The National Academies: What You Need To Know About Energy

The National Academies

What You Need To Know About Energy

What do you know about energy?

Which two developing countries are expected to have the greatest growth in energy consumption between 2006 and 2030?

  • Sorry, that’s incorrect.

    The United States and Canada are both developed countries. China and India are projected to have the greatest growth in energy consumption between 2006 and 2030.

  • Sorry, that’s incorrect.

    The United States and Canada are both developed countries. China and India are projected to have the greatest growth in energy consumption between 2006 and 2030.

  • Correct!

    The United States and Canada are both developed countries. China and India are projected to have the greatest growth in energy consumption between 2006 and 2030.

In 2008, of the four economic sectors, which used the most energy in the United States?

  • Sorry, that’s incorrect.

    In 2008, industry used 31% of the total energy used; next was transportation at 28%, then residential at 22%, and commercial at 19%.

  • Sorry, that’s incorrect.

    In 2008, industry used 31% of the total energy used; next was transportation at 28%, then residential at 22%, and commercial at 19%.

  • Sorry, that’s incorrect.

    In 2008, industry used 31% of the total energy used; next was transportation at 28%, then residential at 22%, and commercial at 19%.

  • Correct!

    In 2008, industry used 31% of the total energy used; next was transportation at 28%, then residential at 22%, and commercial at 19%.

Which energy sources together account for 84% of the energy used in the United States?

  • Sorry, that’s incorrect.

    Fossil fuels (petroleum, natural gas, and coal) account for 84% of the energy used in the United States.

  • Correct!

    Fossil fuels (petroleum, natural gas, and coal) account for 84% of the energy used in the United States.

  • Sorry, that’s incorrect.

    Fossil fuels (petroleum, natural gas, and coal) account for 84% of the energy used in the United States.

Which of the following is considered an obstacle to cars running on hydrogen fuel cells?

  • Sorry, that’s incorrect.

    All of the reasons mentioned are considered obstacles to producing cars that run on hydrogen fuel cells.

  • Sorry, that’s incorrect.

    All of the reasons mentioned are considered obstacles to producing cars that run on hydrogen fuel cells.

  • Sorry, that’s incorrect.

    All of the reasons mentioned are considered obstacles to producing cars that run on hydrogen fuel cells.

  • Correct!

    All of the reasons mentioned are considered obstacles to producing cars that run on hydrogen fuel cells.

In 2008, what percentage of the United States' total energy consumption came from oil?

  • Sorry, that’s incorrect.

    In 2008, 37% of the United States' total energy consumption came from oil, more than any other energy source.

  • Sorry, that’s incorrect.

    In 2008, 37% of the United States' total energy consumption came from oil, more than any other energy source.

  • Correct!

    In 2008, 37% of the United States' total energy consumption came from oil, more than any other energy source.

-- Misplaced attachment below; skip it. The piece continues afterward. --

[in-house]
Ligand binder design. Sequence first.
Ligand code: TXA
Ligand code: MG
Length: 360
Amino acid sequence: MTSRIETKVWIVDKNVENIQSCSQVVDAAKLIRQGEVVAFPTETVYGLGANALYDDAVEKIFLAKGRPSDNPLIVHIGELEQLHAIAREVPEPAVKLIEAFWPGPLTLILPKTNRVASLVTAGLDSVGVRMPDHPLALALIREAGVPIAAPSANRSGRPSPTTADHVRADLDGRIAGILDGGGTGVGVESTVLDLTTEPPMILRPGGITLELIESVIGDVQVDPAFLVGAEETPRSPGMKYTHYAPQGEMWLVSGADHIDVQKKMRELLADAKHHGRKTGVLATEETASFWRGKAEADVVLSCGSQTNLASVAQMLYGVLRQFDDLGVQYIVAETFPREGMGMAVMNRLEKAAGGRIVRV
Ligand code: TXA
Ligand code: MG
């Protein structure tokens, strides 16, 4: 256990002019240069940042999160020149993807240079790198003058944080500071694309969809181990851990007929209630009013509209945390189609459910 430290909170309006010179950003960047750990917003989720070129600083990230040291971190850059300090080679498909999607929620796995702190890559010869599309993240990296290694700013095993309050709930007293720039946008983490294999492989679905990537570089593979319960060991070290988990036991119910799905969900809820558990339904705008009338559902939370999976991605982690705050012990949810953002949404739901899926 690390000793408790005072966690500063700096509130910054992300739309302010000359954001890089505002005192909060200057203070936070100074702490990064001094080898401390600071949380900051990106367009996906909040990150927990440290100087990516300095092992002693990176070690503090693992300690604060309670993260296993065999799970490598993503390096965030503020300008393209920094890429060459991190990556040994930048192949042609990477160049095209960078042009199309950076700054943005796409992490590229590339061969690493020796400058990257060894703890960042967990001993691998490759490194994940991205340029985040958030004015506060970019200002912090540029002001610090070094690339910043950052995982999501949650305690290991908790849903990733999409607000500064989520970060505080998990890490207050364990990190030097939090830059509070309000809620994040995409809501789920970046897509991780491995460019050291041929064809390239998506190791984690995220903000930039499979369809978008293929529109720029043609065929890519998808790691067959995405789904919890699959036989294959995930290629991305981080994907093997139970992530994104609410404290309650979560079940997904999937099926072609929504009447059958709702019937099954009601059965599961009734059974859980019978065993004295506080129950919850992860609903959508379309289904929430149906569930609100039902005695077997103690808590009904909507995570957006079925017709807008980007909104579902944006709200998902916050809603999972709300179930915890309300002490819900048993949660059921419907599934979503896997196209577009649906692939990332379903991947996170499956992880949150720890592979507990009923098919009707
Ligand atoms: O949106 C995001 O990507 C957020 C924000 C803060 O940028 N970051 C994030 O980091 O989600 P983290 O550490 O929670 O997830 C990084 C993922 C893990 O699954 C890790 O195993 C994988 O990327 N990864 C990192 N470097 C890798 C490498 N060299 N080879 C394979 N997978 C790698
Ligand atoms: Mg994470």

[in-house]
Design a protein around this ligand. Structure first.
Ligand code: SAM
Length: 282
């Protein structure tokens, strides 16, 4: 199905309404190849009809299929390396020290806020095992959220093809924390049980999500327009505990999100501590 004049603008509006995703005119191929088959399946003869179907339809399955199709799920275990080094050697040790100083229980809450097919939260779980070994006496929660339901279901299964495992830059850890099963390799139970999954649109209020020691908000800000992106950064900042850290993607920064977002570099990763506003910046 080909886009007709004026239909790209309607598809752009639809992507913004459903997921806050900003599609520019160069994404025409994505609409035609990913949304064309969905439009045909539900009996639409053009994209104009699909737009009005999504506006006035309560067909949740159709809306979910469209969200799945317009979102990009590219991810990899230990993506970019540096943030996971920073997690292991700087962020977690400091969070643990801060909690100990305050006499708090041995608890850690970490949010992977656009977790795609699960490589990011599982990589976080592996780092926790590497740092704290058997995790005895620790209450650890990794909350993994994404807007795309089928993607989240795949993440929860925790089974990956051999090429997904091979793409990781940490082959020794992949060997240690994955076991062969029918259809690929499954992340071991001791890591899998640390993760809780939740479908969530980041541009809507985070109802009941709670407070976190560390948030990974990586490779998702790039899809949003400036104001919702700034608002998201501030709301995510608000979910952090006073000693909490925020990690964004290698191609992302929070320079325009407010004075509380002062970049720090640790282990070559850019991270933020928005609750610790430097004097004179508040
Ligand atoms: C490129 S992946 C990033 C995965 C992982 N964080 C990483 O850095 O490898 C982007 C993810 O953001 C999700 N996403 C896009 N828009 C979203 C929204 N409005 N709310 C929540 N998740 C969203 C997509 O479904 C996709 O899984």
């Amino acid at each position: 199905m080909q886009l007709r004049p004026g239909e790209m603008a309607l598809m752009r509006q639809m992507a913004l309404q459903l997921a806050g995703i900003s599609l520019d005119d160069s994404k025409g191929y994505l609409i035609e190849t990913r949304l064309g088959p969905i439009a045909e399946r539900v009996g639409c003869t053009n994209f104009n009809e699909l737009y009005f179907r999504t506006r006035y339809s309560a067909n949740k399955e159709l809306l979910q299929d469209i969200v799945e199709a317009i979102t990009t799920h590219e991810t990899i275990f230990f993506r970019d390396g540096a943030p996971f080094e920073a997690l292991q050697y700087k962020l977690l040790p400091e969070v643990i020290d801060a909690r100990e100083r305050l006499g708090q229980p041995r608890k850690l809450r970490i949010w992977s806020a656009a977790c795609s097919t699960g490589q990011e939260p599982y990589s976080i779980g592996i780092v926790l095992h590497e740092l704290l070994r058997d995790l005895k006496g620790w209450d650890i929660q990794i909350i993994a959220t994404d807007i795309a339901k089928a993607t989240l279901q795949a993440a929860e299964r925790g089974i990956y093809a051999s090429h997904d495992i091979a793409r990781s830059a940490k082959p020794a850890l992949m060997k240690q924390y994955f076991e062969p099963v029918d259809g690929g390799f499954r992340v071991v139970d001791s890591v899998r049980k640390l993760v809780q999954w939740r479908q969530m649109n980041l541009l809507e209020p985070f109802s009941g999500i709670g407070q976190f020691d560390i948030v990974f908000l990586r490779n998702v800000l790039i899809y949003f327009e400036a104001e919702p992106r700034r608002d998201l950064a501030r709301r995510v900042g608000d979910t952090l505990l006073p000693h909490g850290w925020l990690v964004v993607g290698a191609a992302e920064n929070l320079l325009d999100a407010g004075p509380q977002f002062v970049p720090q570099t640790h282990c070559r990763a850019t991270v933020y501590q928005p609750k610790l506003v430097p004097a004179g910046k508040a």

By 2030, today's coal-fired power plants are projected to emit how much less CO2 than they emit now?

  • Correct!

    Coal-fired power plants are likely to emit 30% less CO2 in 2030.

  • Sorry, that’s incorrect.

    Coal-fired power plants are likely to emit 30% less CO2 in 2030.

  • Sorry, that’s incorrect.

    Coal-fired power plants are likely to emit 30% less CO2 in 2030.

How much of the U.S. supply of natural gas is imported from outside North America?

  • Correct!

    Less than 2% of the U.S. supply of natural gas is imported from outside North America.

  • Sorry, that’s incorrect.

    Less than 2% of the U.S. supply of natural gas is imported from outside North America.

  • Sorry, that’s incorrect.

    Less than 2% of the U.S. supply of natural gas is imported from outside North America.

In the United States, which economic sector releases the most CO2?

  • Sorry, that’s incorrect.

    In the United States, the transportation sector releases the most CO2. In 2006, the transportation sector released nearly 2 billion metric tons of carbon dioxide, nearly all of which was from oil.

  • Sorry, that’s incorrect.

    In the United States, the transportation sector releases the most CO2. In 2006, the transportation sector released nearly 2 billion metric tons of carbon dioxide, nearly all of which was from oil.

  • Correct!

    In the United States, the transportation sector releases the most CO2. In 2006, the transportation sector released nearly 2 billion metric tons of carbon dioxide, nearly all of which was from oil.

  • Sorry, that’s incorrect.

    In the United States, the transportation sector releases the most CO2. In 2006, the transportation sector released nearly 2 billion metric tons of carbon dioxide, nearly all of which was from oil.

True or False: Burning biofuels does not release carbon dioxide.

  • Sorry, that’s incorrect.

    Biofuels contain carbon and although they may burn “cleaner” than oil-derived fuels, they do not avoid generating carbon dioxide emissions.

  • Correct!

    Biofuels contain carbon and although they may burn “cleaner” than oil-derived fuels, they do not avoid generating carbon dioxide emissions.

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Energy Intensity

A measure of a nation’s energy efficiency, typically represented through the amount of energy used per unit of gross domestic product (GDP).

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